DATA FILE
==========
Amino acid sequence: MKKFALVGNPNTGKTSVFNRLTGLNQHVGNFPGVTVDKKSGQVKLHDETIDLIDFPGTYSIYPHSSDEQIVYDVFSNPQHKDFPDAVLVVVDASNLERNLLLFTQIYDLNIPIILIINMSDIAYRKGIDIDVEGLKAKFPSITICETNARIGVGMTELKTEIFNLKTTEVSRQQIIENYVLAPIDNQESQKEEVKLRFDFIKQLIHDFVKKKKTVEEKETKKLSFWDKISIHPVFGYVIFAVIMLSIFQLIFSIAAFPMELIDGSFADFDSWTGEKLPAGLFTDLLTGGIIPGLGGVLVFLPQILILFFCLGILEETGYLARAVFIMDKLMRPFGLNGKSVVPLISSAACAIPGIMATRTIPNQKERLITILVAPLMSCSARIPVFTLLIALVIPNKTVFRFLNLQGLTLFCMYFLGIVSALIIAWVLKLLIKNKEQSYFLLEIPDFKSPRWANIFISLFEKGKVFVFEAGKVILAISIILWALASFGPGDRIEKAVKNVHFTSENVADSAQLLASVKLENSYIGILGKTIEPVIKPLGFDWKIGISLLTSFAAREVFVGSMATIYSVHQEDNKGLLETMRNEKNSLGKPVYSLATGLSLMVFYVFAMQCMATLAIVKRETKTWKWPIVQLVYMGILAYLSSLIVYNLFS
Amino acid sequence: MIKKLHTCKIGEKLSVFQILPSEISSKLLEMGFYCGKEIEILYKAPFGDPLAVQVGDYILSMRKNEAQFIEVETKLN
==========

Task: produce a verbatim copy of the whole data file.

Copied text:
Amino acid sequence: MKKFALVGNPNTGKTSVFNRLTGLNQHVGNFPGVTVDKKSGQVKLHDETIDLIDFPGTYSIYPHSSDEQIVYDVFSNPQHKDFPDAVLVVVDASNLERNLLLFTQIYDLNIPIILIINMSDIAYRKGIDIDVEGLKAKFPSITICETNARIGVGMTELKTEIFNLKTTEVSRQQIIENYVLAPIDNQESQKEEVKLRFDFIKQLIHDFVKKKKTVEEKETKKLSFWDKISIHPVFGYVIFAVIMLSIFQLIFSIAAFPMELIDGSFADFDSWTGEKLPAGLFTDLLTGGIIPGLGGVLVFLPQILILFFCLGILEETGYLARAVFIMDKLMRPFGLNGKSVVPLISSAACAIPGIMATRTIPNQKERLITILVAPLMSCSARIPVFTLLIALVIPNKTVFRFLNLQGLTLFCMYFLGIVSALIIAWVLKLLIKNKEQSYFLLEIPDFKSPRWANIFISLFEKGKVFVFEAGKVILAISIILWALASFGPGDRIEKAVKNVHFTSENVADSAQLLASVKLENSYIGILGKTIEPVIKPLGFDWKIGISLLTSFAAREVFVGSMATIYSVHQEDNKGLLETMRNEKNSLGKPVYSLATGLSLMVFYVFAMQCMATLAIVKRETKTWKWPIVQLVYMGILAYLSSLIVYNLFS
Amino acid sequence: MIKKLHTCKIGEKLSVFQILPSEISSKLLEMGFYCGKEIEILYKAPFGDPLAVQVGDYILSMRKNEAQFIEVETKLN